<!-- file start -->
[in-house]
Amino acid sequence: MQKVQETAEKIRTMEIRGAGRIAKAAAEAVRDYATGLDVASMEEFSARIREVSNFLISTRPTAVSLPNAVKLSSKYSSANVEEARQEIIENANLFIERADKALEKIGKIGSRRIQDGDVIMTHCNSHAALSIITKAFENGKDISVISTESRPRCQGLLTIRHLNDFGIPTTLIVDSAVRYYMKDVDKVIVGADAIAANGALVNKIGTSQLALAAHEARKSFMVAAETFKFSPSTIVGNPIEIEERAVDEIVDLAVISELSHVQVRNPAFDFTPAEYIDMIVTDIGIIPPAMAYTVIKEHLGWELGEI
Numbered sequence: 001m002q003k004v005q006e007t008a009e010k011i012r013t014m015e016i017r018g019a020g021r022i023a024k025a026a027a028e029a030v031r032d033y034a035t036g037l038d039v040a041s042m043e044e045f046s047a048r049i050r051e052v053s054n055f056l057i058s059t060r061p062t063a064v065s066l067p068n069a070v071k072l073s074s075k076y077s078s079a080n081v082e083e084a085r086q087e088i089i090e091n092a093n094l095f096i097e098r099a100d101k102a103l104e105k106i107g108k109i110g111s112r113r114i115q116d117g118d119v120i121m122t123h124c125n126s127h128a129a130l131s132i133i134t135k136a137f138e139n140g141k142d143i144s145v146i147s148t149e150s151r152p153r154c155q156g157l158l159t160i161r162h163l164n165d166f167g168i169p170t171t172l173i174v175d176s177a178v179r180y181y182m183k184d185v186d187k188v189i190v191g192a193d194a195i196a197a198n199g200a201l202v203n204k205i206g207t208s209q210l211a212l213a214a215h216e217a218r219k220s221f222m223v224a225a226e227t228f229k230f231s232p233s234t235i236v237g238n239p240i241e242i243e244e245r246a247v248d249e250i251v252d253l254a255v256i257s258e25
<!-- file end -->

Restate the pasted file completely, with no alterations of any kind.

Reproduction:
[in-house]
Amino acid sequence: MQKVQETAEKIRTMEIRGAGRIAKAAAEAVRDYATGLDVASMEEFSARIREVSNFLISTRPTAVSLPNAVKLSSKYSSANVEEARQEIIENANLFIERADKALEKIGKIGSRRIQDGDVIMTHCNSHAALSIITKAFENGKDISVISTESRPRCQGLLTIRHLNDFGIPTTLIVDSAVRYYMKDVDKVIVGADAIAANGALVNKIGTSQLALAAHEARKSFMVAAETFKFSPSTIVGNPIEIEERAVDEIVDLAVISELSHVQVRNPAFDFTPAEYIDMIVTDIGIIPPAMAYTVIKEHLGWELGEI
Numbered sequence: 001m002q003k004v005q006e007t008a009e010k011i012r013t014m015e016i017r018g019a020g021r022i023a024k025a026a027a028e029a030v031r032d033y034a035t036g037l038d039v040a041s042m043e044e045f046s047a048r049i050r051e052v053s054n055f056l057i058s059t060r061p062t063a064v065s066l067p068n069a070v071k072l073s074s075k076y077s078s079a080n081v082e083e084a085r086q087e088i089i090e091n092a093n094l095f096i097e098r099a100d101k102a103l104e105k106i107g108k109i110g111s112r113r114i115q116d117g118d119v120i121m122t123h124c125n126s127h128a129a130l131s132i133i134t135k136a137f138e139n140g141k142d143i144s145v146i147s148t149e150s151r152p153r154c155q156g157l158l159t160i161r162h163l164n165d166f167g168i169p170t171t172l173i174v175d176s177a178v179r180y181y182m183k184d185v186d187k188v189i190v191g192a193d194a195i196a197a198n199g200a201l202v203n204k205i206g207t208s209q210l211a212l213a214a215h216e217a218r219k220s221f222m223v224a225a226e227t228f229k230f231s232p233s234t235i236v237g238n239p240i241e242i243e244e245r246a247v248d249e250i251v252d253l254a255v256i257s258e25